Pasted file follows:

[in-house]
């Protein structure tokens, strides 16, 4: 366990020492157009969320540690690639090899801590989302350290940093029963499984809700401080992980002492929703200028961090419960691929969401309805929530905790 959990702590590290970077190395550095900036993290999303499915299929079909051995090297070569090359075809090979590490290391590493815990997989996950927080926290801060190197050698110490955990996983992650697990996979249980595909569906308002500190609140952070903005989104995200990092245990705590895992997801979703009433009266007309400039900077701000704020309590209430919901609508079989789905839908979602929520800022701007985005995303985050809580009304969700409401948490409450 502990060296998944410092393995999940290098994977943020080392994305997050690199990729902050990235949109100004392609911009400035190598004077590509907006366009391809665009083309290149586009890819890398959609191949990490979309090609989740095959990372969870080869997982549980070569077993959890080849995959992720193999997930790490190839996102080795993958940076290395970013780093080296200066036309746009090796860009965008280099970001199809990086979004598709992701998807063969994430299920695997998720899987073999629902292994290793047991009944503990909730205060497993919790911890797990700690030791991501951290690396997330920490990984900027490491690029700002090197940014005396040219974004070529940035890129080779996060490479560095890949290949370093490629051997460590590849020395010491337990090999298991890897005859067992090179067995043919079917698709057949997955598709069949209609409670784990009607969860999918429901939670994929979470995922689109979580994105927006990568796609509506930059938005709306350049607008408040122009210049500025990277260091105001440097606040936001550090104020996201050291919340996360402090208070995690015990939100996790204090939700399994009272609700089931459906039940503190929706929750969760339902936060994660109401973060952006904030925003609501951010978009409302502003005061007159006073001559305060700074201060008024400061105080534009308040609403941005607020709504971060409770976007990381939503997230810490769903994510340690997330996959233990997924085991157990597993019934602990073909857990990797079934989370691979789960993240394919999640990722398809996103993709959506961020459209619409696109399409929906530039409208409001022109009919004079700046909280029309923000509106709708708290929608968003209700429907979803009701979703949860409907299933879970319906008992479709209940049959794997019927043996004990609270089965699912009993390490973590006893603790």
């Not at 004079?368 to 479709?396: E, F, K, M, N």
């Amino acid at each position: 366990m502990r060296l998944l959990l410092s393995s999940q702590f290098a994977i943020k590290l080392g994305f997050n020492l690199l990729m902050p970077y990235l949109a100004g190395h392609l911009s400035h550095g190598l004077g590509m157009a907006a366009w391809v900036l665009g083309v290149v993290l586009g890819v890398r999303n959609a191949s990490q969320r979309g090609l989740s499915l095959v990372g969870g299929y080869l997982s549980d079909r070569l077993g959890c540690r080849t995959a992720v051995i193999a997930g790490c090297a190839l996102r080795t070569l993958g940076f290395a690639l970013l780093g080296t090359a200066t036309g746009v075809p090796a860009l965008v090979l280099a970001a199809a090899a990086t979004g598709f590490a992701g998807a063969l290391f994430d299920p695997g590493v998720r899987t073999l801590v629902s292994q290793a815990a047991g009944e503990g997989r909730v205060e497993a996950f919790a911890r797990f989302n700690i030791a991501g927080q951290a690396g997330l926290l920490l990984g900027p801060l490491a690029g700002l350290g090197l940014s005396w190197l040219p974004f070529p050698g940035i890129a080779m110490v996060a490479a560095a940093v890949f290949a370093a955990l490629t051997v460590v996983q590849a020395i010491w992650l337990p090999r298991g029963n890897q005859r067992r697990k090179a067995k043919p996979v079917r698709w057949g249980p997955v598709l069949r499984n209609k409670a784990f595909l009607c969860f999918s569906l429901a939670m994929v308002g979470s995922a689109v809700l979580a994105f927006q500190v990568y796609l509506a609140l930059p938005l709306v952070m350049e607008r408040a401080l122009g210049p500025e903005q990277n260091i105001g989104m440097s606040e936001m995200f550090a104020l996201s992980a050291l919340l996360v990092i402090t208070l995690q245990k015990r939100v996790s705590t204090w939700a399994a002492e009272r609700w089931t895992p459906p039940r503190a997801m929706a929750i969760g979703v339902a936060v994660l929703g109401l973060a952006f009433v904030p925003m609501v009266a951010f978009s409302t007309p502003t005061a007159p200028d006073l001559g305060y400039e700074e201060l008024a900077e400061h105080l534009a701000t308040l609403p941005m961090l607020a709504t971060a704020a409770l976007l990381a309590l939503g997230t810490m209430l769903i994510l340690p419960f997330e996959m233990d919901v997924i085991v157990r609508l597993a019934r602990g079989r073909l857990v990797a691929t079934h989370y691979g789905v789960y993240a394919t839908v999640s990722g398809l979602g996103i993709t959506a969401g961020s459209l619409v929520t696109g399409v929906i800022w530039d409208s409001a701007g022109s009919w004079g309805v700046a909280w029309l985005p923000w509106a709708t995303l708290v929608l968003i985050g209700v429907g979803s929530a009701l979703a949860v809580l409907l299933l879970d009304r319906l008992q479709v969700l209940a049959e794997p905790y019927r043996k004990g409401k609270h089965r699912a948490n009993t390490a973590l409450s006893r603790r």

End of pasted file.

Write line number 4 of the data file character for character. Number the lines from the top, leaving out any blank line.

């Amino acid at each position: 366990m502990r060296l998944l959990l410092s393995s999940q702590f290098a994977i943020k590290l080392g994305f997050n020492l690199l990729m902050p970077y990235l949109a100004g190395h392609l911009s400035h550095g190598l004077g590509m157009a907006a366009w391809v900036l665009g083309v290149v993290l586009g890819v890398r999303n959609a191949s990490q969320r979309g090609l989740s499915l095959v990372g969870g299929y080869l997982s549980d079909r070569l077993g959890c540690r080849t995959a992720v051995i193999a997930g790490c090297a190839l996102r080795t070569l993958g940076f290395a690639l970013l780093g080296t090359a200066t036309g746009v075809p090796a860009l965008v090979l280099a970001a199809a090899a990086t979004g598709f590490a992701g998807a063969l290391f994430d299920p695997g590493v998720r899987t073999l801590v629902s292994q290793a815990a047991g009944e503990g997989r909730v205060e497993a996950f919790a911890r797990f989302n700690i030791a991501g927080q951290a690396g997330l926290l920490l990984g900027p801060l490491a690029g700002l350290g090197l940014s005396w190197l040219p974004f070529p050698g940035i890129a080779m110490v996060a490479a560095a940093v890949f290949a370093a955990l490629t051997v460590v996983q590849a020395i010491w992650l337990p090999r298991g029963n890897q005859r067992r697990k090179a067995k043919p996979v079917r698709w057949g249980p997955v598709l069949r499984n209609k409670a784990f595909l009607c969860f999918s569906l429901a939670m994929v308002g979470s995922a689109v809700l979580a994105f927006q500190v990568y796609l509506a609140l930059p938005l709306v952070m350049e607008r408040a401080l122009g210049p500025e903005q990277n260091i105001g989104m440097s606040e936001m995200f550090a104020l996201s992980a050291l919340l996360v990092i402090t208070l995690q245990k015990r939100v996790s705590t204090w939700a399994a002492e009272r609700w089931t895992p459906p039940r503190a997801m929706a929750i969760g979703v339902a936060v994660l929703g109401l973060a952006f009433v904030p925003m609501v009266a951010f978009s409302t007309p502003t005061a007159p200028d006073l001559g305060y400039e700074e201060l008024a900077e400061h105080l534009a701000t308040l609403p941005m961090l607020a709504t971060a704020a409770l976007l990381a309590l939503g997230t810490m209430l769903i994510l340690p419960f997330e996959m233990d919901v997924i085991v157990r609508l597993a019934r602990g079989r073909l857990v990797a691929t079934h989370y691979g789905v789960y993240a394919t839908v999640s990722g398809l979602g996103i993709t959506a969401g961020s459209l619409v929520t696109g399409v929906i800022w530039d409208s409001a701007g022109s009919w004079g309805v700046a909280w029309l985005p923000w509106a709708t995303l708290v929608l968003i985050g209700v429907g979803s929530a009701l979703a949860v809580l409907l299933l879970d009304r319906l008992q479709v969700l209940a049959e794997p905790y019927r043996k004990g409401k609270h089965r699912a948490n009993t390490a973590l409450s006893r603790r």